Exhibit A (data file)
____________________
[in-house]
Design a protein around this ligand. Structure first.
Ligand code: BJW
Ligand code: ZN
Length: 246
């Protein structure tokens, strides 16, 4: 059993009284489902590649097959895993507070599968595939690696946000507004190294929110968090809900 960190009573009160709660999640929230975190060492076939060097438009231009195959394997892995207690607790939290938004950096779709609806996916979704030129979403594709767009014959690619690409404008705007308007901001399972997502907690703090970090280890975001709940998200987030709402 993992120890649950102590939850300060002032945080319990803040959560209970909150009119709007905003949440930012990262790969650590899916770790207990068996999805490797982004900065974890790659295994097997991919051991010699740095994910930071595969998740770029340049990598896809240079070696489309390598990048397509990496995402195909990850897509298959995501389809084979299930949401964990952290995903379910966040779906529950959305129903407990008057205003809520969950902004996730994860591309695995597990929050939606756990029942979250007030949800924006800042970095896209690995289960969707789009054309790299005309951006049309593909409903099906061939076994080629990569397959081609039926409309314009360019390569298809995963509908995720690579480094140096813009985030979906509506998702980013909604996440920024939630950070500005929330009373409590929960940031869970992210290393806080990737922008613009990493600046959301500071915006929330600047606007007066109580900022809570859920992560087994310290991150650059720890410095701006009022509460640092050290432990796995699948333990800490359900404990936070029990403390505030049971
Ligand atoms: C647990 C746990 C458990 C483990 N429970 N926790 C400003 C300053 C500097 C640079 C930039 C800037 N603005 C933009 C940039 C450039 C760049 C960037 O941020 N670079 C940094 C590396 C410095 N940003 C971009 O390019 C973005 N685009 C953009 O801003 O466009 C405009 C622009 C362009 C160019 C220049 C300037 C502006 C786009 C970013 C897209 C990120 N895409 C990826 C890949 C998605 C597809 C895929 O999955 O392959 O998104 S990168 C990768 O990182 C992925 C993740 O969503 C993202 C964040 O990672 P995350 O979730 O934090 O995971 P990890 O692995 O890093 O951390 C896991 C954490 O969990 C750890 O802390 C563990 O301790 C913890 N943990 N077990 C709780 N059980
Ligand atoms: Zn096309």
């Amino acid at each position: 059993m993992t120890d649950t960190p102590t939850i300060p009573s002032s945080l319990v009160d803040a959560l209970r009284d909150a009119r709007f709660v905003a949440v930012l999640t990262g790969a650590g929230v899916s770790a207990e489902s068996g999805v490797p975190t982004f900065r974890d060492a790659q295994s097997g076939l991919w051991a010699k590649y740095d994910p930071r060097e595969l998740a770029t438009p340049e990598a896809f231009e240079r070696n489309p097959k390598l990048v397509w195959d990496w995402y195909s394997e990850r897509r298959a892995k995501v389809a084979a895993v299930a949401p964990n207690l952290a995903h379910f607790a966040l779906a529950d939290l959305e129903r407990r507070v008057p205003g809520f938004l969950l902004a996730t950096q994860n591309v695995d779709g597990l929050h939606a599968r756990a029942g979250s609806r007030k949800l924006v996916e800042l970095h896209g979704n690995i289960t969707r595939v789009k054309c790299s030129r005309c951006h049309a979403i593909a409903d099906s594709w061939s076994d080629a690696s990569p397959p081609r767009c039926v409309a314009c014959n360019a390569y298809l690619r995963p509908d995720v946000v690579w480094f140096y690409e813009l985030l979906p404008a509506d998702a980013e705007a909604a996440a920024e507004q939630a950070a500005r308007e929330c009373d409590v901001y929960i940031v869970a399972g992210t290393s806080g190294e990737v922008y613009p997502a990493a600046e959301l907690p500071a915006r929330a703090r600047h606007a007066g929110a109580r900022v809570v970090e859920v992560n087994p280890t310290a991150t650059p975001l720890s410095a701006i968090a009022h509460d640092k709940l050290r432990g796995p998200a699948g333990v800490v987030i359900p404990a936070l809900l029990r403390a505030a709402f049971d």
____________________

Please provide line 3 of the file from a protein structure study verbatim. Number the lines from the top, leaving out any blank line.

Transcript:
Ligand code: BJW